Its campaigns, too, reflect the stories of the Bengali community and resonate with the festive spirit to bring forth the creativity the state is known for across art forms. This year, the brand celebrates the community’s love for art by honouring the ones who contribute to making Pujo memorable for all. It has also celebrated 150 years of the Kolkata Tram by turning it into a canvas as a tribute.

 

 

 

With this, the festival sees a surge in footfall every year (barring COVID-19) and brands take innovative approaches to show their presence. Anindya Ray, Executive Vice President - Business, Lodestar UM states, “Approximately 30% of the annual marketing budget in West Bengal is dedicated to Durga Puja-centric campaigns.”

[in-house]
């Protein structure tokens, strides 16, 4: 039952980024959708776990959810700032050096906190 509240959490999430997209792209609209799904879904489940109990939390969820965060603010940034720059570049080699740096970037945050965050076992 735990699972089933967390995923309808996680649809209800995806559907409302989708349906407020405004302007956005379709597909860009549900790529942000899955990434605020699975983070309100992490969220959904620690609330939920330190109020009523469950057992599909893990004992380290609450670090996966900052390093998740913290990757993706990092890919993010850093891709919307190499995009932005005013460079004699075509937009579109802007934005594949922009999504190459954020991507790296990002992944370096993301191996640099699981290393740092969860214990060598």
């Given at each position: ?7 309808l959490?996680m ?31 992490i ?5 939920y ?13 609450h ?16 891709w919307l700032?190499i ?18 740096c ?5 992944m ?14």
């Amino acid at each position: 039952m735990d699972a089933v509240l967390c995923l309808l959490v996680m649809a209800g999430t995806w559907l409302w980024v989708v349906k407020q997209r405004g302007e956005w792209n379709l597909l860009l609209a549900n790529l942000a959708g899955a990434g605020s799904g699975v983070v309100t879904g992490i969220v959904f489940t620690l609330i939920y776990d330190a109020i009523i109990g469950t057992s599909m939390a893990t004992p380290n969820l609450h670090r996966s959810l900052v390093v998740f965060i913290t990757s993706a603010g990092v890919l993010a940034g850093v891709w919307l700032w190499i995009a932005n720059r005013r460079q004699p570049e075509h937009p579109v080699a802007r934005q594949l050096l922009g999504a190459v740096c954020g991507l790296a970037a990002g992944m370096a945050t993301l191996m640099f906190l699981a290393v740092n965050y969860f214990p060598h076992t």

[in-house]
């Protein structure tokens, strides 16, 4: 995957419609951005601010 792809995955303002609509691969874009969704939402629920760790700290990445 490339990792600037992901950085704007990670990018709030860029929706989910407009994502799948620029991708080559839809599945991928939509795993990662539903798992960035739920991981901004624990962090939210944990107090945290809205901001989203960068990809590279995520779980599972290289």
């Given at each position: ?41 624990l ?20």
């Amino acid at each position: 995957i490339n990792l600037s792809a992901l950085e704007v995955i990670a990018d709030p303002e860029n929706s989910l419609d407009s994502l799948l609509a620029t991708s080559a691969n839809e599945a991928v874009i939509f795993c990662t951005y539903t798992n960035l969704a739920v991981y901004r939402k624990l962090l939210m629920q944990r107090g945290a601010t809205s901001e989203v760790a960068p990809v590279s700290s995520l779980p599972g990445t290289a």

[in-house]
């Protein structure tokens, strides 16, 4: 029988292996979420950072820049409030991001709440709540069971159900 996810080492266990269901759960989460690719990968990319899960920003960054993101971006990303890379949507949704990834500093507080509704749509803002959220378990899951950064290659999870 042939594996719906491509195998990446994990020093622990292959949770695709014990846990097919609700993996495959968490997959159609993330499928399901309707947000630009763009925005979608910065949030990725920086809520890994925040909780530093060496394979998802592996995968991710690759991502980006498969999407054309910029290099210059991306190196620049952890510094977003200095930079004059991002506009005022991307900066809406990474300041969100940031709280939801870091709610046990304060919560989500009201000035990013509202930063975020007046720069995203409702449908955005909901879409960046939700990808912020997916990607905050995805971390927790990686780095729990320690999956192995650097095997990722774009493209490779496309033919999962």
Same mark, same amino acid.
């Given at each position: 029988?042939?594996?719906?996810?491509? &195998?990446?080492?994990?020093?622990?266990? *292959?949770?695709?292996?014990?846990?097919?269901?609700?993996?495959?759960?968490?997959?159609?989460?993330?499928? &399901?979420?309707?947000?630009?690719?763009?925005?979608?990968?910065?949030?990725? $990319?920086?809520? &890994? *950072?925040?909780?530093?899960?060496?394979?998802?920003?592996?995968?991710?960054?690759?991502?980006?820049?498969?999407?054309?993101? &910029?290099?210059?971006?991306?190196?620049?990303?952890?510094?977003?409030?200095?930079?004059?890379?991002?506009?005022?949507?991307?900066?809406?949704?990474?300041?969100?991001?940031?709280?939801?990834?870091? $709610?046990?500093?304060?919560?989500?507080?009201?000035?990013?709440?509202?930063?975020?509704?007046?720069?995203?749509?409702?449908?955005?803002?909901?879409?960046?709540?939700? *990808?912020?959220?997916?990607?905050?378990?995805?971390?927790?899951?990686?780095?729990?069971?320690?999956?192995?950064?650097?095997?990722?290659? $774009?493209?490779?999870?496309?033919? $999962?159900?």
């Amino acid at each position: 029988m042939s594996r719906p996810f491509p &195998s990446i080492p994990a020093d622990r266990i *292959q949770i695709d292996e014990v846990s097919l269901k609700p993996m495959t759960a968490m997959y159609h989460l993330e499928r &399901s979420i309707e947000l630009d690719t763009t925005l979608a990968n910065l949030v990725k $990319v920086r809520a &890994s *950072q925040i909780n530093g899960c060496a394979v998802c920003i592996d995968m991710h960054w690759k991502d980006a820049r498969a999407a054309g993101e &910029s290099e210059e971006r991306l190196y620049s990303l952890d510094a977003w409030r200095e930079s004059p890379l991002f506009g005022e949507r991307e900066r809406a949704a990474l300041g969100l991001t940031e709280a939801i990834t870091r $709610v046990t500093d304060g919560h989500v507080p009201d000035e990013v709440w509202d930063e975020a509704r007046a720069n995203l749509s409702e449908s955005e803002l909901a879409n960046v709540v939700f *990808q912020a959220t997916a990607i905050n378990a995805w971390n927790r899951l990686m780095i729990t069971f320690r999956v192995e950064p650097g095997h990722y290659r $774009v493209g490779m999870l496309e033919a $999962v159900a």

A couple of weeks prior to Pujo, a surge in ad spends is observed for promoting offers, new product launches, and retail activations, with contests as a key strategy.

During the festival, advertising aligns with two key themes - Awareness and Tactical, according to Ray, out of which brands across FMCG, footwear, paints, and cement focus on top-of-mind recall. On the other hand, tactical campaigns by retailers, especially in jewellery, sarees, apparel, footwear, and local food brands, thrive during Pujo.

He mentions that the media channels vary with awareness leaning on TV, OOH, and Digital, while Tactical relies heavily on Print, OOH, Radio, and Pujo-centric TV spots.